Chronic pain places a tremendous burden on the global healthcare system. It is estimated that in the US alone, chronic pain and high-impact chronic pain affect nearly 30% of US adults. The economic costs of chronic pain are equally immense in the US, with estimates suggesting that chronic pain costs range from $500-600 billion annually in direct and indirect costs. As addiction to opioids has reached crisis levels in the US, and threatens to spread to other nations, there is significant opportunity for therapies that can help patients live with chronic pain without relying on addictive pain medication. Neurostimulation is one such modality that are helping people manage chronic pain.
With a massive population exceeding 1.3 billion people, the healthcare system in India is tasked with providing care to the large rural and urban areas of the country. The dichotomy between quality of care in rural and urban is one of, if not the largest challenges that India’s healthcare system faces. The contrast between quality of care in India’s rural and urban areas, as well as India’s status as a developing nation has resulted in initiatives aimed at elevating quality of care and access to healthcare.
Healthcare in Europe parallels the US healthcare system in many ways. Western Europe faces significant challenges when it comes to determining how to efficiently meet the demand for more healthcare to an aging population with an increasing burden of age-related chronic diseases. Simultaneously, the issues of how to keep costs down and affordable to patients continues to test the healthcare sector in the five major European markets (France, Germany, Italy, Spain, United Kingdom). However, these problems are not unique to the five largest economies in Europe. These challenges pervade all countries within the European Union.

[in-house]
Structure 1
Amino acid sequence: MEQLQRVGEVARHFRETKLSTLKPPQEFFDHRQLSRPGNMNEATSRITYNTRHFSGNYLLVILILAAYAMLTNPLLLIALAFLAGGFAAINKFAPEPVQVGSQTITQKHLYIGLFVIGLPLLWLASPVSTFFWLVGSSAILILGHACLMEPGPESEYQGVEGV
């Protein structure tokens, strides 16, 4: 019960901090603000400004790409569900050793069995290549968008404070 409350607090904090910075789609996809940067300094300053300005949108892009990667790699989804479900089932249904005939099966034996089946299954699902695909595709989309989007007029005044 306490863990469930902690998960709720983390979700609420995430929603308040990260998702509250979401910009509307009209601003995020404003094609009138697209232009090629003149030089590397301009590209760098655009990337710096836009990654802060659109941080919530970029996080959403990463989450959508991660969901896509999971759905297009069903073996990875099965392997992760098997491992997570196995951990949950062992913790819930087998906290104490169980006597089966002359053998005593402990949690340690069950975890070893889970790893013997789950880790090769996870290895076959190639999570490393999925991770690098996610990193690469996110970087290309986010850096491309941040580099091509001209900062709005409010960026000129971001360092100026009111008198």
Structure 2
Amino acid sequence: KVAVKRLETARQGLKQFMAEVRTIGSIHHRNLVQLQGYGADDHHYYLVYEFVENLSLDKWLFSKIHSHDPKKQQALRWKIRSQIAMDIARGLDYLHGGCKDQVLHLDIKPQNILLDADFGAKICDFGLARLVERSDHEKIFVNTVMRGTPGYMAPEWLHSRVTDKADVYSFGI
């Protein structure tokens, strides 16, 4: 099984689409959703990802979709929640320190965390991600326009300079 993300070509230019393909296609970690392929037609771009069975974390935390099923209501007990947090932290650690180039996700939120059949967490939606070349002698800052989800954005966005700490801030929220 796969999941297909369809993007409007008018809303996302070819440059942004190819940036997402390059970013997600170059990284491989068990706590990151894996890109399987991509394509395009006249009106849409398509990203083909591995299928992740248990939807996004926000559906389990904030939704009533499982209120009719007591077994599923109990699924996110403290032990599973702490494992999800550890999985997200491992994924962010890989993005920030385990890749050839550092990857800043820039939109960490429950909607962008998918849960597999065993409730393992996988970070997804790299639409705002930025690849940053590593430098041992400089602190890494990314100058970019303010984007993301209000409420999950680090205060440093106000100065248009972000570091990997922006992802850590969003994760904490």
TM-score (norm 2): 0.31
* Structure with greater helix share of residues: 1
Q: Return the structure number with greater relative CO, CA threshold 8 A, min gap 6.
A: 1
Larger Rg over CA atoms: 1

Four of the democratic nominee front runners were featured in the first part of this series, and none made medtech a part of their defined platform.
The beauty of medical technology is that it can help save lives from one corner of the globe to another. And of course, a worldwide market offers up new opportunities for revenue.
The United States is the largest healthcare market in the world. Boasting the third largest population (~330 million people) and a well-developed healthcare system, the US remains the key market to target for the commercialization of healthcare solutions.
Healthcare in China is in a constant state of reform as the system evolves to meet the unique burdens of the country which rapidly became the world’s second largest economy. With a population of approximately 1.4 billion people, demand for healthcare services is at an all-time high in China, with many hospitals understaffed and overwhelmed by demand.
Substantial increases in surgical procedure volumes are being projected across most medical segments as a result of a number of factors, including but not limited to:
With a growing focus on the global need for healthcare that is affordable and accessible to anyone, anywhere in the world, comes a look at technologies that are designed to lessen the gap between quality care and individuals outside of developed cities and countries.
Surgical advances have led to the development of life-enhancing and life-saving procedures for a range of medical complications. But these advancements are only as good as the level of skill and knowledge of the surgeon.